I’ve recently made a children’s book about Nelson Mandela, but for a New Yorker cover, I settled on a younger image of him during the time that he was on trial with over a hundred of his comrades.
From looking at the photos of the time, I could see that the energy around him was very strong and that his peers were very much with and behind him. He was clearly a leader. I wanted to make a simple and bold statement about Mandela and his life as a freedom fighter. The raised fist and the simple, stark palette reminded me of posters and anti-apartheid imagery of the nineteen-eighties. This painting is a tribute to the struggle for freedom from all forms of discrimination, and Nelson’s very prominent role as a leader in the anti-apartheid movement.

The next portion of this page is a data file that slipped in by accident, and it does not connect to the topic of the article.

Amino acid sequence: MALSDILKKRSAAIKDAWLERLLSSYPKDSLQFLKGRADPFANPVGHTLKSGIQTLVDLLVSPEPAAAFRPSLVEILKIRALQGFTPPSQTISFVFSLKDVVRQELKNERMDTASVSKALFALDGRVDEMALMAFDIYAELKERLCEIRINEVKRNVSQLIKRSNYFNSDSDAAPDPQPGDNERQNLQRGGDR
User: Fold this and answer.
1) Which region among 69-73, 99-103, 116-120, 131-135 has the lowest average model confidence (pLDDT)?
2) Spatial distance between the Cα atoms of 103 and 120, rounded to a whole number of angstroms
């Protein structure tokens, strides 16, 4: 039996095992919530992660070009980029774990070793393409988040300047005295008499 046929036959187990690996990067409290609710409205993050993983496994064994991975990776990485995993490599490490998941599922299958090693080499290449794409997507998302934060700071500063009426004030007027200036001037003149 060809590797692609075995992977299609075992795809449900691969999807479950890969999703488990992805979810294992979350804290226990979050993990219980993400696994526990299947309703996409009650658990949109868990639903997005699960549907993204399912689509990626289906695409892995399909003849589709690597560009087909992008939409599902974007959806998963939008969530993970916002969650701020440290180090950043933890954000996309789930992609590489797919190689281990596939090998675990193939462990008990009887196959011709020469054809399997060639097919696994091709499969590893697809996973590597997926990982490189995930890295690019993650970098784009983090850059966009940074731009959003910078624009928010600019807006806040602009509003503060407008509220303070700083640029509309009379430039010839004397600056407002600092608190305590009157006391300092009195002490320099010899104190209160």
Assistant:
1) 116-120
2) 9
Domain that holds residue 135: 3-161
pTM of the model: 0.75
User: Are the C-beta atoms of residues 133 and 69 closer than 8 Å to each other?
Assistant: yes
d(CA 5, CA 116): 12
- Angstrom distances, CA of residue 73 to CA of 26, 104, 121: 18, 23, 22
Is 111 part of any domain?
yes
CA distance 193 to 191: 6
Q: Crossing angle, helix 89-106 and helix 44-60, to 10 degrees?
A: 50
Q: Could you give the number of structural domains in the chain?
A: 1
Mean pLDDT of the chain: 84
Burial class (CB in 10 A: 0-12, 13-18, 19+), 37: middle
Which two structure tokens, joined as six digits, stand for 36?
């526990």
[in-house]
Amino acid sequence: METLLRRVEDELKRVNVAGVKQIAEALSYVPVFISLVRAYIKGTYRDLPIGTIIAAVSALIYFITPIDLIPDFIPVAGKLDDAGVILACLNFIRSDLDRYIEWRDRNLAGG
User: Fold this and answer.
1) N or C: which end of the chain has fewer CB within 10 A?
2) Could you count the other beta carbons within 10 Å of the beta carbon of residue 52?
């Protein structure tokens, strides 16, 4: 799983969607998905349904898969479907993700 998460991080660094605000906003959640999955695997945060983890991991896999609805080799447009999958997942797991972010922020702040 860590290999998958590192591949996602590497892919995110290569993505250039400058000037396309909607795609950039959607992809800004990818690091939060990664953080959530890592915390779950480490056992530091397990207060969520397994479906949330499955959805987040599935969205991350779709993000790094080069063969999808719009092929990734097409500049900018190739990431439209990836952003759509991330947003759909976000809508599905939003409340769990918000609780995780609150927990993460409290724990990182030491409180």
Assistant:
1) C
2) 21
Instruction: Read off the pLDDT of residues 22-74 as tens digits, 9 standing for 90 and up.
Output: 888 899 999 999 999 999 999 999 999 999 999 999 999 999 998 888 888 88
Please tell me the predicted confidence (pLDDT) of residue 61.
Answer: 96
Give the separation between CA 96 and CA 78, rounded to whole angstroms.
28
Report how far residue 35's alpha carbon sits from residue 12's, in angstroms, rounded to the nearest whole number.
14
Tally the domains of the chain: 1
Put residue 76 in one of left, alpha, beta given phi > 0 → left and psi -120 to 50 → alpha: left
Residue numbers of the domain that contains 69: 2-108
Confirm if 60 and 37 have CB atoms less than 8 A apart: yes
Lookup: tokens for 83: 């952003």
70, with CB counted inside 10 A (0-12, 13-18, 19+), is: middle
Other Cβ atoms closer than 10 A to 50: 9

He added, "Being an artist is kind of like being an actor. So as I painted Nelson’s portrait, I felt empowered and proud like the man himself. He has long been a personal hero of mine. I saw him speak shortly after he was released from prison, in 1990. It was both an honor and a privilege to paint his portrait and tell his story."
In remarks today, President Obama said, "Through his fierce dignity and unbending will to sacrifice his own freedom for the freedom of others, Madiba transformed South Africa and moved all of us. His journey from a prisoner to a president embodied the promise that human beings and countries can change for the better."